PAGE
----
“The Deseret Alphabet,” Friend, July 1985, 11
In the early days of the Church, pioneers came to Utah Territory from Denmark, Sweden, Norway, England, Scotland, and other countries. Many traveled by covered wagon; many walked, pushing handcarts. Once in Utah, they found it hard to understand each other. And English, with its many inconsistencies, was difficult to learn, especially in its written form.
President Brigham Young wanted to help these people to adjust more quickly to their new life, so he turned to his secretary, George D. Watt. Brother Watt, who had been baptized in England in 1837—in fact, he was the first person to be baptized into the Church in England—had learned Pitman shorthand, or phonography as it was called then. When he arrived in Salt Lake Valley in 1851, he taught shorthand at the University of Deseret.
About that time various people in Great Britain and the United States were trying to create a phonetic alphabet in English. Their efforts gave Brigham Young an idea: If the shorthand his secretary used was made up of characters based on sounds, a phonetic alphabet with new symbols would make reading easier for everybody, including those who already knew English.
President Young appointed George D. Watt and others to devise the new Deseret alphabet. Its characters were to be so much simpler than those in the Roman alphabet that one would not have to learn to print one way and write cursive another. In fact, an ordinary person using the alphabet would easily be able to write one hundred words a minute. Every letter would have a specific sound, and every word would be spelled just like it sounded. The letters C, D, L, O, P, S, and W of the Roman alphabet were retained, but most of them were given new sounds, and thirty-one characters were added.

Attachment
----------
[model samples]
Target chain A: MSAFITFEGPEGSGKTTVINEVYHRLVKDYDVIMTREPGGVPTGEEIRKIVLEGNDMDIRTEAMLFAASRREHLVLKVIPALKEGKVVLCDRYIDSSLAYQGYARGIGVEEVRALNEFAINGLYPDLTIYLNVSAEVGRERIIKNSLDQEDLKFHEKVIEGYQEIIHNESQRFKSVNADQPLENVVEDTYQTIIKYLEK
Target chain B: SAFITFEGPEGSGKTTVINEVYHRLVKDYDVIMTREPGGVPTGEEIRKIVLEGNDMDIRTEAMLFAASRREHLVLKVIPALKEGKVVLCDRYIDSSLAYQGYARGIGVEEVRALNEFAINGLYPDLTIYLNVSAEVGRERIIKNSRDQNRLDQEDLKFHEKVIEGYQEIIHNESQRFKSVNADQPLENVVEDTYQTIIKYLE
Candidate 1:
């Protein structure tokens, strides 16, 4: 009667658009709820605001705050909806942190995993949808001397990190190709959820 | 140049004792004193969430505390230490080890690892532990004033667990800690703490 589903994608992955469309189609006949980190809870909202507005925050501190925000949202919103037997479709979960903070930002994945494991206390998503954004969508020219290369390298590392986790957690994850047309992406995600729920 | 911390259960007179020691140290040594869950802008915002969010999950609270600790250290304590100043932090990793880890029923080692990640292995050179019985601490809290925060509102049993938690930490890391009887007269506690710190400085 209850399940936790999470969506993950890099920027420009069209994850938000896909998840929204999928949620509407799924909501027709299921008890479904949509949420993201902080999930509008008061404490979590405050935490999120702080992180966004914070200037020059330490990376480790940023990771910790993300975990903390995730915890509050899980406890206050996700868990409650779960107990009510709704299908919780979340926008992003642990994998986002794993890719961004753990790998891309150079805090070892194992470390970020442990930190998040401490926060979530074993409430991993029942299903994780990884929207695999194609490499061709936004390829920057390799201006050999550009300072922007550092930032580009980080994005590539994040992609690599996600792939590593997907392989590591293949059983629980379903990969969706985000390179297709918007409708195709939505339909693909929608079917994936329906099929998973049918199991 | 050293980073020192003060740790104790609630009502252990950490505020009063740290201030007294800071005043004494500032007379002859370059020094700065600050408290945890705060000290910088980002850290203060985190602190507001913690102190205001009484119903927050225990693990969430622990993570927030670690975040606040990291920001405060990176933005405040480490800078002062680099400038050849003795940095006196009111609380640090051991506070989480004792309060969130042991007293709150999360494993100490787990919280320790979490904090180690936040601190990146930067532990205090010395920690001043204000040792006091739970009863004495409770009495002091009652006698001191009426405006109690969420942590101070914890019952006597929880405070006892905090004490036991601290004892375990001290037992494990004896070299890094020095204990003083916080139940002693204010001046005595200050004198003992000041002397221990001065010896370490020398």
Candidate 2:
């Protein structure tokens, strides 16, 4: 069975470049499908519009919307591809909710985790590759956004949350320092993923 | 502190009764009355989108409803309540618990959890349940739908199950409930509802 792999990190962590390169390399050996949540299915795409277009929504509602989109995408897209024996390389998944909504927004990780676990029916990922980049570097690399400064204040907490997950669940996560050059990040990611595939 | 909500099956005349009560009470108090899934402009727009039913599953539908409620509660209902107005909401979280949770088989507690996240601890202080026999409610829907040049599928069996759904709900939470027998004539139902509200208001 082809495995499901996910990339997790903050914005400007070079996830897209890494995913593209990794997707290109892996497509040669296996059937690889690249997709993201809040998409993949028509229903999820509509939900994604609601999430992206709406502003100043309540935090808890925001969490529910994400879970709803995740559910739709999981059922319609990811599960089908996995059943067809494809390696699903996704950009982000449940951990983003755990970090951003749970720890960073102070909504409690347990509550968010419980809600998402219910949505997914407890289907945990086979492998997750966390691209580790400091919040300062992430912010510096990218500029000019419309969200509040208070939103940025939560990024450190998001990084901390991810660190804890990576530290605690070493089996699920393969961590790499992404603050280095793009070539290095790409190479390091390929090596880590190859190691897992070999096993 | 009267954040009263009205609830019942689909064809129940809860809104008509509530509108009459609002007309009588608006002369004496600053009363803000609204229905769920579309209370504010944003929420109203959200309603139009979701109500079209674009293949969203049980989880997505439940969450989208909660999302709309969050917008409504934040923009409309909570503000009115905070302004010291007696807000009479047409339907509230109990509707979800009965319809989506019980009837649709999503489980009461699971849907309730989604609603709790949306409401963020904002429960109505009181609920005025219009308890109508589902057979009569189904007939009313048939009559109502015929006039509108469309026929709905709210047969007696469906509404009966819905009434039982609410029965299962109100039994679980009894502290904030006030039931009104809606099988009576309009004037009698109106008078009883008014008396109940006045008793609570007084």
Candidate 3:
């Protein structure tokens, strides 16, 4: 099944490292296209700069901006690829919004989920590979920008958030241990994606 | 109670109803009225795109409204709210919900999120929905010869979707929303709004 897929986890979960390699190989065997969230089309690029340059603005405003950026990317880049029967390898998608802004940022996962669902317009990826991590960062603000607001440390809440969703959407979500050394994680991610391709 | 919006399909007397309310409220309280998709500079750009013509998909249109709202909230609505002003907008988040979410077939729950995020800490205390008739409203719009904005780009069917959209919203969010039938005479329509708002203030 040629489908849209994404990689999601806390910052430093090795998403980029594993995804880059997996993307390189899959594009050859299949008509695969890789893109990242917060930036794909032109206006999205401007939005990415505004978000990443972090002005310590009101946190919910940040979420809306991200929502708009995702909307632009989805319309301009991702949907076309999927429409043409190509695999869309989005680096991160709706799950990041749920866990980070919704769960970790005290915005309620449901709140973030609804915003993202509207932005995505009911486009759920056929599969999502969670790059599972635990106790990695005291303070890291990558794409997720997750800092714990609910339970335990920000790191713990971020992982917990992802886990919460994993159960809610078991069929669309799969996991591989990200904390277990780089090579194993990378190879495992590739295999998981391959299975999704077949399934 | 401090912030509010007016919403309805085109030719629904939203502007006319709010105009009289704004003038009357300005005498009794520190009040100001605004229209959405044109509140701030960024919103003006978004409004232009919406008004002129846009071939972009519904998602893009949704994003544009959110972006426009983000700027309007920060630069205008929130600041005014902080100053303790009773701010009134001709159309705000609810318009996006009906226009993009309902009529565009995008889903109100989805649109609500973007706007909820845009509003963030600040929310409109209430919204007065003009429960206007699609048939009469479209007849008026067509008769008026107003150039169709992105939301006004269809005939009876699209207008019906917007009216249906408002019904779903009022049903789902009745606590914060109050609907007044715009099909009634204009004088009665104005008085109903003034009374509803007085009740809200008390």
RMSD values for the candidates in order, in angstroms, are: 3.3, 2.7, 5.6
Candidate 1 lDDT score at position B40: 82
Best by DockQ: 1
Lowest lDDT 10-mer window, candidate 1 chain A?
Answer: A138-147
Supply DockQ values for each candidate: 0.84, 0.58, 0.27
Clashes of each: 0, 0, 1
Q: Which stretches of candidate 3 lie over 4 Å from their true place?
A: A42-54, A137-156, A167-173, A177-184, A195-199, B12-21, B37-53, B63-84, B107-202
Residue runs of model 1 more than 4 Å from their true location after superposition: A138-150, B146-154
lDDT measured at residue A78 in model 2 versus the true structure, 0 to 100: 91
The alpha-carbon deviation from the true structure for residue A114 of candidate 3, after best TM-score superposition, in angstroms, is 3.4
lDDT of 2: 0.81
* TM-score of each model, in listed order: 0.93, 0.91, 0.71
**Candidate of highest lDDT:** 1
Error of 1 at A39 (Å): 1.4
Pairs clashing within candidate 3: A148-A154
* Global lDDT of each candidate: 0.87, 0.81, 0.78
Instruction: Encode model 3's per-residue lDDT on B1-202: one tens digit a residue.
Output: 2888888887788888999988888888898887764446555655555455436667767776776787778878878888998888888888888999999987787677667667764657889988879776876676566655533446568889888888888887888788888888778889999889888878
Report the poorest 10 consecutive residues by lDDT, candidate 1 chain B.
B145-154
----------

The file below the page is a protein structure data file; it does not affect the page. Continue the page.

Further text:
Beginning February 16, 1859, and for some time after that, the front page of the weekly Deseret News was nearly covered with articles written in the Deseret alphabet. In 1860 “Holiness to the Lord” was inscribed in the Deseret alphabet on Deseret gold pieces. For at least a year Brigham Young’s account books were kept in the Deseret alphabet, and a New York firm printed five hundred copies of the entire Book of Mormon in it. Deseret University regents published ten thousand copies of each of two textbooks, Deseret First Book and Deseret Second Book.
In 1869, the year after the textbooks came into use, the transcontinental railroad was finished. The railroad brought many people into Utah who were not members of the Church, and interest in the alphabet project died.
Along with the original key to using the Deseret alphabet, here is a short sample from each textbook. See if you can read them. (If you get stuck, the translations are on the bottom of page 13.)